Adjustable Preload: Massive Speed System’s Adjustable Front End Links

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Recently, I uploaded a video where I replaced a faulty rear end link on my 2010 Mazdaspeed 3, which itself was a replacement of the factory end links I removed when I installed a stiffer rear sway bar from James Barone Racing. The end links are an important suspension component, connecting the sway bar to the chassis, helping to eliminate body roll and improve tire grip. Whenever there are changes to the suspension (in this case, the addition of a stiffer than stock sway bar) changing the end links is always a good idea. There is nothing more annoying that hearing a failed sway bar end link knocking while driving. Sure you can turn the stereo up, but that really doesn’t fix the issue!

That knocking sound…

If you have been following the channel (and you should be following the channel), you will know that I have been chasing a knocking sound coming from the rear of my car for some time now. Replacing the rear end link was a step in the right direction to fixing the issue and while I was doing my research and troubleshooting in the that particular problem, I stumbled on to another potentially annoying issue that I have ignored. Well not really ignored, I just did not realize that it was ACTUALLY a problem.

Way back when I installed the RaceWorks coilovers on my car, there has been a complaint on my part about the steering feedback, the steering did not “feel” right to me. When I would turn left, the car response was almost immediate, a small amount of wheel movement would turn the car. But turning right, it seemed the car took more wheel motion, much more than the left. At the time I passed it off as a bad alignment, since it was after the suspension installation, but the issue persisted after the car was aligned. Time and other issues on my mind pushed my reservation to the back of my mind and I really did not think about it until I was researching the rear end noise. That was when I stumbled upon the answer to a problem I had long forgot about asking. The reason why the steering felt “weird”?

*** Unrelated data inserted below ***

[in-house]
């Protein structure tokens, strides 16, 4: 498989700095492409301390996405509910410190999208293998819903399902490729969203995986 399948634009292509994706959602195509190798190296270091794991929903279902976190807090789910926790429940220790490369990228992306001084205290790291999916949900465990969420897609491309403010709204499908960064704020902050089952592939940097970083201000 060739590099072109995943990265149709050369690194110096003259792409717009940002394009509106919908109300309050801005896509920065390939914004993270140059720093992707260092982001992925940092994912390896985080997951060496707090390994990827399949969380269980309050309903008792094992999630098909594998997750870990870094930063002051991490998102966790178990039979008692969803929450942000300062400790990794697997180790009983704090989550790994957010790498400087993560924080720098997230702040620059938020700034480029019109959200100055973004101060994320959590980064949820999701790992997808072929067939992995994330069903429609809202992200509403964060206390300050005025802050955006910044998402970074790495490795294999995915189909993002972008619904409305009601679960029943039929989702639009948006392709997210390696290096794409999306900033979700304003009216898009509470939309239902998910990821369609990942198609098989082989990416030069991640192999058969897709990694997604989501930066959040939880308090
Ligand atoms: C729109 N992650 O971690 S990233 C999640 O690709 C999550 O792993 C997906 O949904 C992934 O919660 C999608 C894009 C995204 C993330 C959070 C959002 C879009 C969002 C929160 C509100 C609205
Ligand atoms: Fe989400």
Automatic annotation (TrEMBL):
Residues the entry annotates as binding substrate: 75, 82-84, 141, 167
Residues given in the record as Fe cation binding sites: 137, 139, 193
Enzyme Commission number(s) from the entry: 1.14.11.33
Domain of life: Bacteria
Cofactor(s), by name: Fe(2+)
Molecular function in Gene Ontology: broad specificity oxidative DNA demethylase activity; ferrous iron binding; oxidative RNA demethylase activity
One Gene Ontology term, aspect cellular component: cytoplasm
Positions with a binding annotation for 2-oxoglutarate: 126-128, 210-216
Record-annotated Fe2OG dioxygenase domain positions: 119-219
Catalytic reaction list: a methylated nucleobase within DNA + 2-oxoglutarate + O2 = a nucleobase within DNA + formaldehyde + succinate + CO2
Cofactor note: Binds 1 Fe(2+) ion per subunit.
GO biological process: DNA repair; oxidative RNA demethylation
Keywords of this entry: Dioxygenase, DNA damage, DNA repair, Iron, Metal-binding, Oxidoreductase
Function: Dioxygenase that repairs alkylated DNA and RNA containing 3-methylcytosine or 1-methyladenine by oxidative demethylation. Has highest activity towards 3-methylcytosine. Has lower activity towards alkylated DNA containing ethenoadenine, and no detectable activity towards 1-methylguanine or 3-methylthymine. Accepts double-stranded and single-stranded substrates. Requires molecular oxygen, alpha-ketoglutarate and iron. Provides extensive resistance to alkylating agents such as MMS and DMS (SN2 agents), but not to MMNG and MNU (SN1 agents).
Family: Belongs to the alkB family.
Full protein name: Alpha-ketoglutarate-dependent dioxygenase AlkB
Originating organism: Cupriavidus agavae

The front sway bar had too much preload.

Sway Bar Preload and You

So what exactly is preload and why does it matter? Good question. I will try to explain this as easily as possible without this article turning into a thesis on suspension theory!